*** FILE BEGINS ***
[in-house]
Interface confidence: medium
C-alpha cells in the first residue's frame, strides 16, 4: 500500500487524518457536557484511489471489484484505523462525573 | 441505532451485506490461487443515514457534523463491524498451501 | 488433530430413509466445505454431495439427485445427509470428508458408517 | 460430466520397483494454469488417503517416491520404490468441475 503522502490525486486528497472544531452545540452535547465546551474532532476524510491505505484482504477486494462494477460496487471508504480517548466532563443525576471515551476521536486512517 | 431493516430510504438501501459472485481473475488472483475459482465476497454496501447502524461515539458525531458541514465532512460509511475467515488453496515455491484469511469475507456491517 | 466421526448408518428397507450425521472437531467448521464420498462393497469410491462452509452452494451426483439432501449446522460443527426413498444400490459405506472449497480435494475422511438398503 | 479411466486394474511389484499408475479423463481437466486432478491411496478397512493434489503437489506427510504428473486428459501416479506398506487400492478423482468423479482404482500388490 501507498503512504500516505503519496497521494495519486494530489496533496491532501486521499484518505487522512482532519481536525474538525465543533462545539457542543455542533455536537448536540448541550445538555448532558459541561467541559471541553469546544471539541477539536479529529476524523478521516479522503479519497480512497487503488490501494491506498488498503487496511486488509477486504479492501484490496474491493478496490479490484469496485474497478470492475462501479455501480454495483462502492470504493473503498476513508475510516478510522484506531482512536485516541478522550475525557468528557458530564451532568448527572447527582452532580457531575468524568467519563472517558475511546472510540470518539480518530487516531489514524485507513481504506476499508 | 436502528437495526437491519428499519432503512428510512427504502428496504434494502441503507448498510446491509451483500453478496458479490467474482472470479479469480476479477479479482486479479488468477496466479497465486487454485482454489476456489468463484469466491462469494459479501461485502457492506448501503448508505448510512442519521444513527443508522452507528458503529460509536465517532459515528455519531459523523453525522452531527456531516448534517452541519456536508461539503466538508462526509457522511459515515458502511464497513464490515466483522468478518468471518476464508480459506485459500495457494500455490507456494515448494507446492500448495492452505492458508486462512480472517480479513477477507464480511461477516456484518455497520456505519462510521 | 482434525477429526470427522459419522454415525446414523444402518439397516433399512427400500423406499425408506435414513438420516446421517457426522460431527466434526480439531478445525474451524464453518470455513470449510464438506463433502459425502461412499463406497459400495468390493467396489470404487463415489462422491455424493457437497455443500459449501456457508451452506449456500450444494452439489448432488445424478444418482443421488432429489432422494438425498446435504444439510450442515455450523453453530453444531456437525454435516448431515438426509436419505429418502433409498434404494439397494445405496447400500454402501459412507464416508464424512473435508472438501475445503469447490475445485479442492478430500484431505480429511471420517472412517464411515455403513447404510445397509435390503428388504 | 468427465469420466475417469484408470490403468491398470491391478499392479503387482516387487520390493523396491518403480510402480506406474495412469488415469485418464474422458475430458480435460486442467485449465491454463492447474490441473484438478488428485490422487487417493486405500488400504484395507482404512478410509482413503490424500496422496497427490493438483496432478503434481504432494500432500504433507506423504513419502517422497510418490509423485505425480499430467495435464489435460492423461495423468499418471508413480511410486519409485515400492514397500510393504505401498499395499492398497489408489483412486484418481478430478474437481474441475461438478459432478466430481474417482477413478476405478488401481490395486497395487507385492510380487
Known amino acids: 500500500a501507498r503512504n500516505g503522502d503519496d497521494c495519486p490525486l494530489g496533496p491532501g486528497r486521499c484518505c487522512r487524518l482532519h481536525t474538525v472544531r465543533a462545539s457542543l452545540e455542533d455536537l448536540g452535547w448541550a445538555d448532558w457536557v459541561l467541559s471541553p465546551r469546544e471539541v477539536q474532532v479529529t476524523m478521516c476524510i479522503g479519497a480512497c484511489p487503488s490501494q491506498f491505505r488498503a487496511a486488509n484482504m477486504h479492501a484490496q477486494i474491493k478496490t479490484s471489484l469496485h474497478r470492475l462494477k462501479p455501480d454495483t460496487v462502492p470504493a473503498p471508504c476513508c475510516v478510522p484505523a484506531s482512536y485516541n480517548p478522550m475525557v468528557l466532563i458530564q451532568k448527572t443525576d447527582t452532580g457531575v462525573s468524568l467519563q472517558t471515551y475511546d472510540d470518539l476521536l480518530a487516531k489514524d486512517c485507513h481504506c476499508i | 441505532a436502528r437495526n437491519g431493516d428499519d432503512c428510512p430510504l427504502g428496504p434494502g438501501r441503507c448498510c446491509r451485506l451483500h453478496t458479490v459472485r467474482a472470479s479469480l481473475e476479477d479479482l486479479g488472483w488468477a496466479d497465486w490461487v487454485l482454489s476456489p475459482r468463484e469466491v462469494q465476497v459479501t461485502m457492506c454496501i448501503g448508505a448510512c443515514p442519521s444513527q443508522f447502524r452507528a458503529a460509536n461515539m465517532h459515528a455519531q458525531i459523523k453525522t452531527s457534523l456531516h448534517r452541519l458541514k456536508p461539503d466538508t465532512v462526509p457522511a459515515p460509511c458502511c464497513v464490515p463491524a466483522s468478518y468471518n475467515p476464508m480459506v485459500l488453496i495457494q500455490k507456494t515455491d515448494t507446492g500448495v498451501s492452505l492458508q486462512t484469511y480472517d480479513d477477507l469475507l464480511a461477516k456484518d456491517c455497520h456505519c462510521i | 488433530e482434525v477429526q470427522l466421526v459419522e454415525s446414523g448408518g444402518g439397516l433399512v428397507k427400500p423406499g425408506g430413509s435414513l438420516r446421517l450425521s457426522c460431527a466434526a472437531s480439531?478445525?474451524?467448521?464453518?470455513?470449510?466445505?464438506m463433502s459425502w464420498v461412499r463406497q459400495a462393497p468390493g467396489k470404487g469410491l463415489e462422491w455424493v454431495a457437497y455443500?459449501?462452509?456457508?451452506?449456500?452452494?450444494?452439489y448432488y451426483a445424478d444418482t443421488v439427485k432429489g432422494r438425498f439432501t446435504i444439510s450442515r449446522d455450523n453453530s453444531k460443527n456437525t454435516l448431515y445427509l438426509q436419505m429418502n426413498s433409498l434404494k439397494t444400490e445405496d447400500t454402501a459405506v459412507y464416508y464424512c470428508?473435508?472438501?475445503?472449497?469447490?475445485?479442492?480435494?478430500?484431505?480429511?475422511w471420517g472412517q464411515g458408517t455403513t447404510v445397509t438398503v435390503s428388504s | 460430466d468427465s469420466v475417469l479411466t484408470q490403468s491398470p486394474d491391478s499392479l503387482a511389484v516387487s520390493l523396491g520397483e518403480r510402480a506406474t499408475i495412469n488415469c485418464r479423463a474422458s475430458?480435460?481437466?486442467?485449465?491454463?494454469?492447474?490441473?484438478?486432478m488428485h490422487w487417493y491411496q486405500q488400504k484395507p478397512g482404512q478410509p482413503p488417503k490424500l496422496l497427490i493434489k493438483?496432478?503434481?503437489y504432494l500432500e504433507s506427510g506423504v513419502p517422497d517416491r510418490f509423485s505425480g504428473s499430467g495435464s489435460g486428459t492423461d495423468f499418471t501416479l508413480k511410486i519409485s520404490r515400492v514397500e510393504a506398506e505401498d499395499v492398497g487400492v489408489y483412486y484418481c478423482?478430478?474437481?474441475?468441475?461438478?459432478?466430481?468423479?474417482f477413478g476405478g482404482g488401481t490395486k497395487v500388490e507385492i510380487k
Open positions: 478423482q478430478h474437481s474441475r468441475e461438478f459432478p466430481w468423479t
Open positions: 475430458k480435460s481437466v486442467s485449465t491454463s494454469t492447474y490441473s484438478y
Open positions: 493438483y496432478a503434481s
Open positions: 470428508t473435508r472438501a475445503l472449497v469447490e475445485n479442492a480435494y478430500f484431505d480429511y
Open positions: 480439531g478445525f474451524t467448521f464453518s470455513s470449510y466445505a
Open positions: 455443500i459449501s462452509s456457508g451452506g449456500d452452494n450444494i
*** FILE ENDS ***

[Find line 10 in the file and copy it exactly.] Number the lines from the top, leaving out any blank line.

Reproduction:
Open positions: 455443500i459449501s462452509s456457508g451452506g449456500d452452494n450444494i